Microsoft hopes that it’s pointing back at a Windows-focused future, but that’s a tough prospect in a world that in many ways believes it is moving forward from a traditional Microsoft-focused past. “Microsoft” and “Windows” have become negative buzzwords in many quarters. Is that poised to change?
Has Microsoft redefined itself enough over the past year to take advantage of what I see as a significant opening in digital home entertainment? More important, perhaps, is that Microsoft has, until now, been very slow to adapt to a new tech reality, coming up with MP3 players and phones and even tablets. Although some might argue that the company was first in this area, with products that no one wanted—yet.
But now the scene is abruptly different. Having released its iPad competitor—the Surface RT—last fall, Microsoft announced its sudden presence in the touchscreen arena, and simultaneously, the company radically reengineered its base Windows OS to take advantage of those new kinds of display hardware. Also at the same time, it revamped its struggling phone offering with Windows Phone 8. (I still think it should be called Xphone to piggyback the Xbox brand.) And speaking of the Xbox, Microsoft has recognized the market superiority of that platform and given the brand to a new music service, Xbox Music, which promises to offer an iTunes alternative for the Windows environment.
The market has evolved since my November column “The Ultimate Connected Home with Windows 8, Microsoft Surface, and Windows Phone 8.” Now we’re on the brink of Microsoft’s most eagerly awaited product in years: the Surface Pro tablet, which runs the full Windows 8 OS and brings to the table something that we haven’t seen before—a powerful productive PC that doubles as a media-consumption tablet device. The Surface Pro is due on the market Feb. 9.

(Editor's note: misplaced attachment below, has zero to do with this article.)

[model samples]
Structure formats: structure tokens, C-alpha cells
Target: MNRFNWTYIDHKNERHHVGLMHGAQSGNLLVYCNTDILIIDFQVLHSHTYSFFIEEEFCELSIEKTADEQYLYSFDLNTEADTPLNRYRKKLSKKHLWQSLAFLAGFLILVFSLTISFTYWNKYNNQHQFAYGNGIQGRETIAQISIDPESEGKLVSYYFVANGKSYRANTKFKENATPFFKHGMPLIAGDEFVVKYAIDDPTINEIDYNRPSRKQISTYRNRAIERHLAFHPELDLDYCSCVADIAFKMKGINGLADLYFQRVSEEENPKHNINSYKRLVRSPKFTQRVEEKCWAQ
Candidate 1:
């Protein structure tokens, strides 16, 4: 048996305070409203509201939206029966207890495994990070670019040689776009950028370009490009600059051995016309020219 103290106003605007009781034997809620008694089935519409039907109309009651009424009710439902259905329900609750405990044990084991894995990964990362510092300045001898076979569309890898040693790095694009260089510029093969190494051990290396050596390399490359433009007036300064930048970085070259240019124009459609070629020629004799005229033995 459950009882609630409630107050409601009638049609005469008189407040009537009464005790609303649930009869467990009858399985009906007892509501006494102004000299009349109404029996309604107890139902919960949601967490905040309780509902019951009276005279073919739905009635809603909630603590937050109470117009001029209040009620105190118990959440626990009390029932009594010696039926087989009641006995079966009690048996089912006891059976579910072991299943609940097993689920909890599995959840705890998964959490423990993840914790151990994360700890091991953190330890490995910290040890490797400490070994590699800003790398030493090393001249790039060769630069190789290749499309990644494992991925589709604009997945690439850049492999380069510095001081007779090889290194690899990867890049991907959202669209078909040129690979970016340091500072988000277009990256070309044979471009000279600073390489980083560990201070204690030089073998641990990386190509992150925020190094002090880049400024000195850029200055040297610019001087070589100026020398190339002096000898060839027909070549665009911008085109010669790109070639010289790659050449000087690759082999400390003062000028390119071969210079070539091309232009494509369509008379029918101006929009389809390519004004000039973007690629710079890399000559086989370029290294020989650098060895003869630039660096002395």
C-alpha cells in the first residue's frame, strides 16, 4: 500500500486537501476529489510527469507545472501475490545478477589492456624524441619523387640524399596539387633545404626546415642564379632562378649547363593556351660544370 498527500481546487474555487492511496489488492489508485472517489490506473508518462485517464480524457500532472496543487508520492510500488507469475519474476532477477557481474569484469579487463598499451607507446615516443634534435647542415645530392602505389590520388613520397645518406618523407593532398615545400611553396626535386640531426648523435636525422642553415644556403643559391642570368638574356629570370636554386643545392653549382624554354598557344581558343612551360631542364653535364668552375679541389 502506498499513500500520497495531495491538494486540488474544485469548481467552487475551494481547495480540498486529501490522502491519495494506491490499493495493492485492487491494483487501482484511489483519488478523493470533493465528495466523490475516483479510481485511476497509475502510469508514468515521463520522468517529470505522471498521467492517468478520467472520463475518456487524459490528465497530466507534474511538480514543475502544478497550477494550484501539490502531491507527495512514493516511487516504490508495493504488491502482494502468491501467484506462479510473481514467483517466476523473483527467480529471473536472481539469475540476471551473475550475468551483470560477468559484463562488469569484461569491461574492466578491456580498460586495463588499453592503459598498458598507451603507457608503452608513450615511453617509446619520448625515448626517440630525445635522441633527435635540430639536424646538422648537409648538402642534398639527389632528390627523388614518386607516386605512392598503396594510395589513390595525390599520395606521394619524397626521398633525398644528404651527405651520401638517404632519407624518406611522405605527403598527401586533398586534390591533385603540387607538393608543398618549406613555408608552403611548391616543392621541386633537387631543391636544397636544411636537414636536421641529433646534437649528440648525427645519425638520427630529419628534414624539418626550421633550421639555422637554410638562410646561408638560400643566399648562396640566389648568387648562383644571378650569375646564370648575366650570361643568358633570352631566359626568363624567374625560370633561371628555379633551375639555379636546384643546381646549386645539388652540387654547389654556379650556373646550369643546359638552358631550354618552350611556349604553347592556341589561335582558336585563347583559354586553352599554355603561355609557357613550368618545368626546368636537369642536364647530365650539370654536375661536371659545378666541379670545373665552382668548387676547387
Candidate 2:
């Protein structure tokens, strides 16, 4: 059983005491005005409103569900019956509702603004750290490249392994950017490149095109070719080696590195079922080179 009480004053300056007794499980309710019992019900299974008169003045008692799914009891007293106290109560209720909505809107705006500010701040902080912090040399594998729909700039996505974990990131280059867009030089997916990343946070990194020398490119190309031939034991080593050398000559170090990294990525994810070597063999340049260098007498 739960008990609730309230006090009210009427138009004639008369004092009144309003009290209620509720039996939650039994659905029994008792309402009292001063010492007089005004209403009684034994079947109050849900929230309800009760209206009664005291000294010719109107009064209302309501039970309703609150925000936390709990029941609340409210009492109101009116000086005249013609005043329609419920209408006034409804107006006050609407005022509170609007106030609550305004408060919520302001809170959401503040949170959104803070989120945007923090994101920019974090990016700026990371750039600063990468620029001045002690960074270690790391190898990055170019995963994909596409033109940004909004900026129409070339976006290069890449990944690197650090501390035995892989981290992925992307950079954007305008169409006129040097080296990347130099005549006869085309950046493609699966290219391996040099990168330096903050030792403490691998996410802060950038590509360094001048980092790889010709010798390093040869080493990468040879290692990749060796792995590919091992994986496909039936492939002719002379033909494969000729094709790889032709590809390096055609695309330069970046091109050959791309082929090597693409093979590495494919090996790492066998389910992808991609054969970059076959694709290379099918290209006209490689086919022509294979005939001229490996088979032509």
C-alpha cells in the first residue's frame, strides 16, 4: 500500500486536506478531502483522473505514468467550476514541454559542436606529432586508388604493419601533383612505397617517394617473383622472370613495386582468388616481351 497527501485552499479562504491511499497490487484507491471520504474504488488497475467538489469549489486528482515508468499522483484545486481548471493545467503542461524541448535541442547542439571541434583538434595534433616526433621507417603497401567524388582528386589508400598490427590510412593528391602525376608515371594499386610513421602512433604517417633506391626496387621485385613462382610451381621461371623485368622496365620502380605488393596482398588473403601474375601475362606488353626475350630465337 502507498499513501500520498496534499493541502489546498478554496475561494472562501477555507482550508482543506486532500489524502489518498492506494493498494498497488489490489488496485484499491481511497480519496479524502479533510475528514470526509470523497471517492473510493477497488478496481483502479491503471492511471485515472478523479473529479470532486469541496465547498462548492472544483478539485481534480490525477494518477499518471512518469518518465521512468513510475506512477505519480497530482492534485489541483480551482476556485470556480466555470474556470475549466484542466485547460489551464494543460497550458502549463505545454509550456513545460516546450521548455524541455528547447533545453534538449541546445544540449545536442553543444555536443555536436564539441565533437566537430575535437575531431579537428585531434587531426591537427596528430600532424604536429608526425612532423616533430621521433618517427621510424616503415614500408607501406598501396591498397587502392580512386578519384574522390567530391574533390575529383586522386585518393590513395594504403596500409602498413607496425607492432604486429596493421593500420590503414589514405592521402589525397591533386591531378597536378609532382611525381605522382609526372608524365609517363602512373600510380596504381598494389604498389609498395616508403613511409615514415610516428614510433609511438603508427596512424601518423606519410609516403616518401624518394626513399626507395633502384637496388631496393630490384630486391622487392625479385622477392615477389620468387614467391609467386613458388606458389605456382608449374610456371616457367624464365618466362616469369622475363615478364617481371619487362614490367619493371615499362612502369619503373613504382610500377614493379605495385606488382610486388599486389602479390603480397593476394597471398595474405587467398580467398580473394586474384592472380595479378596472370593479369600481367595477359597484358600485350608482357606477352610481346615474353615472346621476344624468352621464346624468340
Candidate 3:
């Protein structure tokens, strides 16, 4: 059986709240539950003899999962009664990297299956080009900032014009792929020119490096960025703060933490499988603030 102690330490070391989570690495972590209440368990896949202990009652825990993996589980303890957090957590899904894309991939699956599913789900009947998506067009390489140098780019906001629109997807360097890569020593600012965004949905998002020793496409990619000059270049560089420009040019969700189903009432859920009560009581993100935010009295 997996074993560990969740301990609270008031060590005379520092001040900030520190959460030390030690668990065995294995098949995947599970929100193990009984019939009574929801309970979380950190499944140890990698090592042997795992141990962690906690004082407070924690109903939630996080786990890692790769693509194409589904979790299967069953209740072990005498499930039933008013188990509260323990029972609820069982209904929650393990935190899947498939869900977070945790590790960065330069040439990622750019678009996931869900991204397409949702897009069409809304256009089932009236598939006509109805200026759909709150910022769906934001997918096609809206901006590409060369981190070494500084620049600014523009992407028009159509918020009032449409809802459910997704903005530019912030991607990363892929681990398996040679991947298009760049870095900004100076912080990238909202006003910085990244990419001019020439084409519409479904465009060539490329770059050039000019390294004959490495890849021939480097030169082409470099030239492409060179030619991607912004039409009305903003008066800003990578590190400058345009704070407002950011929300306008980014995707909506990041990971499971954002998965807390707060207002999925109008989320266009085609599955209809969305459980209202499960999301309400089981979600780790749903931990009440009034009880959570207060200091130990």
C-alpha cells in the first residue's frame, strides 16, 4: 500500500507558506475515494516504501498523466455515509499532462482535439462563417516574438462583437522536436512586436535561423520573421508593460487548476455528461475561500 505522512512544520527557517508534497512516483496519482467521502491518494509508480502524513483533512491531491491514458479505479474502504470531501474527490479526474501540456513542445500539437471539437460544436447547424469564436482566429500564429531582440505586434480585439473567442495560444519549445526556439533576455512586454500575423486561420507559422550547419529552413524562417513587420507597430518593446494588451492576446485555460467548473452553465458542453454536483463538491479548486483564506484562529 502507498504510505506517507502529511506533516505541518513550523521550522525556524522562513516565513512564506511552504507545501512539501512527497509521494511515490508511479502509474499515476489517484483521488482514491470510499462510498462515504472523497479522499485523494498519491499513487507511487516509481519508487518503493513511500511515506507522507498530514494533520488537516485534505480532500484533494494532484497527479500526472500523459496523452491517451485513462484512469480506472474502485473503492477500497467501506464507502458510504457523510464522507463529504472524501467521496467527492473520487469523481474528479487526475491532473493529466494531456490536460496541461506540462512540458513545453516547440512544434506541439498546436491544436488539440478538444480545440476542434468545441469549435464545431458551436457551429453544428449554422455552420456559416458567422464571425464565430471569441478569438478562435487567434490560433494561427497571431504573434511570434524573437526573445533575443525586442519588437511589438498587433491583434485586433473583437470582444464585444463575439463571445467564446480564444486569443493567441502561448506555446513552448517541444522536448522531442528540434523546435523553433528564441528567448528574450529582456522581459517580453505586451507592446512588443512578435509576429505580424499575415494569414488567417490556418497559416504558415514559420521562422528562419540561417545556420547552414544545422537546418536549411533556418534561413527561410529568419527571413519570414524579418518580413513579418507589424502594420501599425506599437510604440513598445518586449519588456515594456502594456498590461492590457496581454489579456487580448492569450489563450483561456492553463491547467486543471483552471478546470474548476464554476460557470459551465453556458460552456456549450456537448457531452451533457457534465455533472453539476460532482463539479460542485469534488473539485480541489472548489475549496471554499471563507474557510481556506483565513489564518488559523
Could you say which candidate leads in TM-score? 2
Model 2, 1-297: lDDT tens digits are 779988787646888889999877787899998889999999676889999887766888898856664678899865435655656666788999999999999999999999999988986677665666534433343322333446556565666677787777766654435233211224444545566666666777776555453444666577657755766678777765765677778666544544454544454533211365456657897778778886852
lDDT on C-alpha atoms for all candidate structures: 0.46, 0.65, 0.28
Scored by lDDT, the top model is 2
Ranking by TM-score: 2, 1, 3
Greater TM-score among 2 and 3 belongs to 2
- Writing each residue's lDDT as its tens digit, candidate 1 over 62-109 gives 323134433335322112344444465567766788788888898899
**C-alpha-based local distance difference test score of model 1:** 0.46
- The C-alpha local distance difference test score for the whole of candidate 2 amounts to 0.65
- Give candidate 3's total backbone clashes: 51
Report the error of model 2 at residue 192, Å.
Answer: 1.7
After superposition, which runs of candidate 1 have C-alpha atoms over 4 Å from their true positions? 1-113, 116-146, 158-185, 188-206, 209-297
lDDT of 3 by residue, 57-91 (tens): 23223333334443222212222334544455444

Combined with Xbox Music, the Surface (both RT and Pro) and Windows Phone offer an interesting opportunity in those homes that have a Microsoft back end. And those homes are still in the majority, with an overwhelming number still entrenched in Microsoft technology and quite happy with it. It has historically been their tried-and-true productivity solution, and now it is about to become an entertainment solution as well.
In the coming weeks and months, I’m reinventing my music environment in my connected home. I’ll be incorporating all these new technologies and reporting back on my successes and failures.
The basics are this: I’ll be standardizing on Xbox Music—at long last, moving away from iTunes—and making our entire music collection redundant in Microsoft SkyDrive. My wife and I will be shifting away from our aging iPods and using our phones as our primary interfaces for mobile music. Thus, Windows Phone will host our music on the run, and I’ll put aside my iPod Touch. And most important, I’ll be using a Surface Pro tablet for whole-house control of all our music, which will be stored on our main system downstairs as well as backed up to SkyDrive. While I experiment and play I want to hear your stories. Keep in touch!